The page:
Analyst expects insurer loss on overhaul exchanges
Health insurers will lose money for the first couple years on business they get from the health care overhaul's public exchanges, according to a Goldman Sachs analyst. He says the hits won't be big enough to change earnings forecasts, however.
Analyst Matthew Borsch said in a research note he projects losses totaling less than $100 million before taxes next year from the exchange business of publicly traded insurers. That amounts to less than 1 percent of the estimated $23 billion in pretax earnings expected from those companies.
The overhaul aims to provide coverage for millions of uninsured people in the next few years. It took a step toward that goal last month when health insurance exchanges opened in states to help people sign up for coverage. But the debut of those largely online exchanges has been marred by technical problems that have stunted enrollment.
"Our forecast for losses seems prudent given the exchange enrollment difficulties so far," Borsch wrote.
He expects the problems to be fixed, but he also said the issues add to his expectation that initial enrollment will be lower than expected and skewed toward a higher-risk population. That means the patients who will most likely persist through the problems and sign up for coverage are the ones who need it the most.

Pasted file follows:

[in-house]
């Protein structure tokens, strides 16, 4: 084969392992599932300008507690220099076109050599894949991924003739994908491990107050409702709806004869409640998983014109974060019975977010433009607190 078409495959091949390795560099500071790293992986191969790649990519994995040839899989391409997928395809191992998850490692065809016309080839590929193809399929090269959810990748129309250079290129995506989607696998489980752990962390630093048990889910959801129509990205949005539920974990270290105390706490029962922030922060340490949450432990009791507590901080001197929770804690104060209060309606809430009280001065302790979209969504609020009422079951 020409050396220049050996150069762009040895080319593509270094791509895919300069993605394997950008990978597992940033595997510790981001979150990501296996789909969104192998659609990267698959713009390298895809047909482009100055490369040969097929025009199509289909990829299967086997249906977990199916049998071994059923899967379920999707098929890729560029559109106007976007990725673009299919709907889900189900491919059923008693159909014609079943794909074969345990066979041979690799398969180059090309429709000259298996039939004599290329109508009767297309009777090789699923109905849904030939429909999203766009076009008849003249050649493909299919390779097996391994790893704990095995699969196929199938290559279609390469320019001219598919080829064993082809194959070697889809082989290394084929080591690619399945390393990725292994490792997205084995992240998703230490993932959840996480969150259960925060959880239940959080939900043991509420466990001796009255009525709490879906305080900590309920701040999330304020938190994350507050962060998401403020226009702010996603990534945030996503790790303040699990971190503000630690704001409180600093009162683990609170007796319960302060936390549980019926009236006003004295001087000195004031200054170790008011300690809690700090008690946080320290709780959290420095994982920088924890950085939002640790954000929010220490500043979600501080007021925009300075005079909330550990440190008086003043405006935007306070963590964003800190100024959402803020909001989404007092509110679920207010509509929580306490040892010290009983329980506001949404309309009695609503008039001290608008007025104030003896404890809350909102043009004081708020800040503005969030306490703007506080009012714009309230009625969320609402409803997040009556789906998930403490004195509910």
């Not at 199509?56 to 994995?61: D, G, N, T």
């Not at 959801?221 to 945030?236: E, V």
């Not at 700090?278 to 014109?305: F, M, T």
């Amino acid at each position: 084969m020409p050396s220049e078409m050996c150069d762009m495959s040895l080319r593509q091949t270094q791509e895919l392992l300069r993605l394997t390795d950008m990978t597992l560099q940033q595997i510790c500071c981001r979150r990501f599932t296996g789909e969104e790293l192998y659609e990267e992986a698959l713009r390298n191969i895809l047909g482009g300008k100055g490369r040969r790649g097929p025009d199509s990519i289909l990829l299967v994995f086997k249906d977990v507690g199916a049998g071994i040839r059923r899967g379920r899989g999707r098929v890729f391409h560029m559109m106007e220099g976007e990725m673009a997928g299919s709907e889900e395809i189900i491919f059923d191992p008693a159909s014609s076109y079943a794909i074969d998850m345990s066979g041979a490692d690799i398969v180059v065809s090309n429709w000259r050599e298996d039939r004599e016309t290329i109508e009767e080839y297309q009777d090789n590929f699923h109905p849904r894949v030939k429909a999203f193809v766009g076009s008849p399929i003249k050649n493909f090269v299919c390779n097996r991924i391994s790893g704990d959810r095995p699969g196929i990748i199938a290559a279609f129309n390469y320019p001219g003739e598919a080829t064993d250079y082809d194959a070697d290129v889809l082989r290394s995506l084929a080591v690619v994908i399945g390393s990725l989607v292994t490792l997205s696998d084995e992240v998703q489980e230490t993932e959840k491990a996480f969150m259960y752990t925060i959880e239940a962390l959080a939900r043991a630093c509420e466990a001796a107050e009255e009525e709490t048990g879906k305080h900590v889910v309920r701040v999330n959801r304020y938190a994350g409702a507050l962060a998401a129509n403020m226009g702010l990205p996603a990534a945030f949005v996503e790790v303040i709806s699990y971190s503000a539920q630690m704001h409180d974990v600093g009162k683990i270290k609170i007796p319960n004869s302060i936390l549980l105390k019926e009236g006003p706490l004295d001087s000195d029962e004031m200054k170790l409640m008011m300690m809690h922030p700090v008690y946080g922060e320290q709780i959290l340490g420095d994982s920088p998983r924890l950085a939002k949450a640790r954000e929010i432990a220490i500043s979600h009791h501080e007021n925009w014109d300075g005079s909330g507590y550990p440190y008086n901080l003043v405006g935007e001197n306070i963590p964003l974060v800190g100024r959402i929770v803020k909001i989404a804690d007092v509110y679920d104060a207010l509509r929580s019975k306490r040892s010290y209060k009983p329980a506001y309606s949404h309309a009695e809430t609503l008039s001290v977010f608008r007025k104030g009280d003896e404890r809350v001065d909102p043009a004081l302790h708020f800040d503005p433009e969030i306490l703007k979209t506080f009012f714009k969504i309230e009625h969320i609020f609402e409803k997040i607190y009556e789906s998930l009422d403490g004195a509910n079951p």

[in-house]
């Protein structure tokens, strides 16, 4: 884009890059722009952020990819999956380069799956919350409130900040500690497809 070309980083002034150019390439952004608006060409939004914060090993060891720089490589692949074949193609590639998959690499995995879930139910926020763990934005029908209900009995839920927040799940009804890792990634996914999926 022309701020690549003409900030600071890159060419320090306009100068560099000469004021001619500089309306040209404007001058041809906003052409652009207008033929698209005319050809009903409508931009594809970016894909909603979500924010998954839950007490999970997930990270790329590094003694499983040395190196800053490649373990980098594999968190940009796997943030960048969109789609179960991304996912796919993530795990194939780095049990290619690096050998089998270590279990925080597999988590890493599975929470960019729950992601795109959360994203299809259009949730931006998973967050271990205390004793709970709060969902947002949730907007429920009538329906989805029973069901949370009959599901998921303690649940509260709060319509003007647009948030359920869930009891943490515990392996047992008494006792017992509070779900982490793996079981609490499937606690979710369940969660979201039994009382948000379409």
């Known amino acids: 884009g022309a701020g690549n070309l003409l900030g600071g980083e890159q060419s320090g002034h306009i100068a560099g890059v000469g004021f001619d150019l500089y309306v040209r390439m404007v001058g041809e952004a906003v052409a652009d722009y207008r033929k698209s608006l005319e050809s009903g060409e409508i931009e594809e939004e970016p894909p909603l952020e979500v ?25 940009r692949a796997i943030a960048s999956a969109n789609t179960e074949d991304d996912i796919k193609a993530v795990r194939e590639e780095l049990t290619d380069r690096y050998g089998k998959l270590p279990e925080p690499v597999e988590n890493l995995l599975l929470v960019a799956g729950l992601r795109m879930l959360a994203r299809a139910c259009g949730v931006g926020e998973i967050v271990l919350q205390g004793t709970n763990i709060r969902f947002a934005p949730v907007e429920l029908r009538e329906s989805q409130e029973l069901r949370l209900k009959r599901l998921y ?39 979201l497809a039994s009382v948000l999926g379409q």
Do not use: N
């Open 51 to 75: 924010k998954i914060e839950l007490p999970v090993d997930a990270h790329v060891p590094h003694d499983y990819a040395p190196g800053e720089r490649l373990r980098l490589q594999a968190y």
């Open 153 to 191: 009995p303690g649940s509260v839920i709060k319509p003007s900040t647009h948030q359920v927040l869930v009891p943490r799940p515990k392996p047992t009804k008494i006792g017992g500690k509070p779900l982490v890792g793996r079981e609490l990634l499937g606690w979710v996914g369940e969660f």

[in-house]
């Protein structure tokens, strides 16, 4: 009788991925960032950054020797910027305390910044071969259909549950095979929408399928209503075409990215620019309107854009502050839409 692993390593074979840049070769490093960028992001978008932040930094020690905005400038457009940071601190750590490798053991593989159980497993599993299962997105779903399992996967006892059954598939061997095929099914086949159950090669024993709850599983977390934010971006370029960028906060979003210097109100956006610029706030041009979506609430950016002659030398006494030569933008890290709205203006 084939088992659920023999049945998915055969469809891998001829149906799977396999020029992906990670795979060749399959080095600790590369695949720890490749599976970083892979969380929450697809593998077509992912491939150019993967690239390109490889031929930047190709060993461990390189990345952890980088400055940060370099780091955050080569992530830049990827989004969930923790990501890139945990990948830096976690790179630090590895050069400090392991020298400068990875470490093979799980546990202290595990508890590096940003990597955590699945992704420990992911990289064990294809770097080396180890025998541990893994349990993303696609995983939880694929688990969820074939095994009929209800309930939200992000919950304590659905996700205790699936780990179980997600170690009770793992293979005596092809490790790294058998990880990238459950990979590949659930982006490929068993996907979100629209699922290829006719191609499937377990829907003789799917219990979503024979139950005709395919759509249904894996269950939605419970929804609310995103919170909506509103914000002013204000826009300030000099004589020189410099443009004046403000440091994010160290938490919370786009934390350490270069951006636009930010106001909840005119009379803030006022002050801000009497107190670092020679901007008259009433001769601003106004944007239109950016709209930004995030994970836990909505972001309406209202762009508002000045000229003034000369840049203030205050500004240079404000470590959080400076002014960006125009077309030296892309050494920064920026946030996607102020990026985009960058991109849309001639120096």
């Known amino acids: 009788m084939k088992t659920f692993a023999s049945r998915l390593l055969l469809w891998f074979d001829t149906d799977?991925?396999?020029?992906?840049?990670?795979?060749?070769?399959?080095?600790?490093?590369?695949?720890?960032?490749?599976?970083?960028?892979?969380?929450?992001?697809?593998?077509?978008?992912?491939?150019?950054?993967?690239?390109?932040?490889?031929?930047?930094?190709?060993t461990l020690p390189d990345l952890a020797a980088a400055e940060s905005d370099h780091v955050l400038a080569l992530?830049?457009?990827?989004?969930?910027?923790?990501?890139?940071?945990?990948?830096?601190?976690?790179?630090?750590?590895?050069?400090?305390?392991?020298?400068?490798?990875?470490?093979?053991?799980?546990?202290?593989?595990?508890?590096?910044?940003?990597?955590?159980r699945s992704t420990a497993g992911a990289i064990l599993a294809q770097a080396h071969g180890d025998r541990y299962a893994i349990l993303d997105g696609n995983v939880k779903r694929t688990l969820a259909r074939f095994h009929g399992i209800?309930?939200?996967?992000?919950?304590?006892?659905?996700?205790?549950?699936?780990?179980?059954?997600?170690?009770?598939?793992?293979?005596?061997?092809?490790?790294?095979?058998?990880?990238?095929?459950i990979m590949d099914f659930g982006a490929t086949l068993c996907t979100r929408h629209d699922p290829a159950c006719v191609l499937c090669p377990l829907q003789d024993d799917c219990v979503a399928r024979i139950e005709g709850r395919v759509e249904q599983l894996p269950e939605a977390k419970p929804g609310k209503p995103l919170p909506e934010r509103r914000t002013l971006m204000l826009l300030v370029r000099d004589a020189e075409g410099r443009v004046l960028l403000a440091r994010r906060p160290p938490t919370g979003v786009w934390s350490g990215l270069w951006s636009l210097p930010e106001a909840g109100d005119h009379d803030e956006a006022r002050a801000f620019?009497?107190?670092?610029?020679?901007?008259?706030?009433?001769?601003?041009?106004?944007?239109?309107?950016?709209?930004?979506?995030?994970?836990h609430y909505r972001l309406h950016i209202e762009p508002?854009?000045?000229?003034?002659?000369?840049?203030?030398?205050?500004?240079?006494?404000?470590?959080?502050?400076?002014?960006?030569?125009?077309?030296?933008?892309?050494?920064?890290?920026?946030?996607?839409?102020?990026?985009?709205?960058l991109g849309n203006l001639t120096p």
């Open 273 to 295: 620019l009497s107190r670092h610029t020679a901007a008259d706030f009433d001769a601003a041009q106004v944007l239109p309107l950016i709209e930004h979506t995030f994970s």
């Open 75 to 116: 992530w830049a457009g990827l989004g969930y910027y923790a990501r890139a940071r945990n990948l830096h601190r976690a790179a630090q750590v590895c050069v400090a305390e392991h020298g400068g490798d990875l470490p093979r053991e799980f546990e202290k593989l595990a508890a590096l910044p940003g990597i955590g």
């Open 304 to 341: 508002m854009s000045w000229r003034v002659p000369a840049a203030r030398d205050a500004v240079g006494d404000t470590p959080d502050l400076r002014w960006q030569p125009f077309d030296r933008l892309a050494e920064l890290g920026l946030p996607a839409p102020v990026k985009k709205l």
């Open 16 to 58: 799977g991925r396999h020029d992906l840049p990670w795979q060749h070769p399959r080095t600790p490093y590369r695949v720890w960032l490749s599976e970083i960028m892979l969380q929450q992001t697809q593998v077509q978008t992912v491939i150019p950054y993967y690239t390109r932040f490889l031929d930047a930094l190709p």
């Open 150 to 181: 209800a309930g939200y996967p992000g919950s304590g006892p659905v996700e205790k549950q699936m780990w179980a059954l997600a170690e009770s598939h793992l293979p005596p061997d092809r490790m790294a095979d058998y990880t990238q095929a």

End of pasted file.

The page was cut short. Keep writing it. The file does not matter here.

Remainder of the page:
That can translate into a loss for the insurer if it doesn't have enough healthy people in its risk pool to counter that population. Patients with chronic problems or expensive conditions tend to generate more in claims than they contribute in premium revenue.
Borsch said a bigger concern for health insurers will be rate cuts for Medicare Advantage plans, the privately run versions of the federal government's Medicare program. Insurers will receive less reimbursement next year for these plans due to overhaul-mandated reductions.
Shares of UnitedHealth Group Inc., the nation's largest insurer and biggest Medicare Advantage plan provider, rose 6 cents to $68.32 in midday trading Friday. Shares of the second-largest insurer, WellPoint Inc., climbed 11 cents to $84.91. The third-largest, Aetna Inc., saw its stock slip 38 cents to $62.32.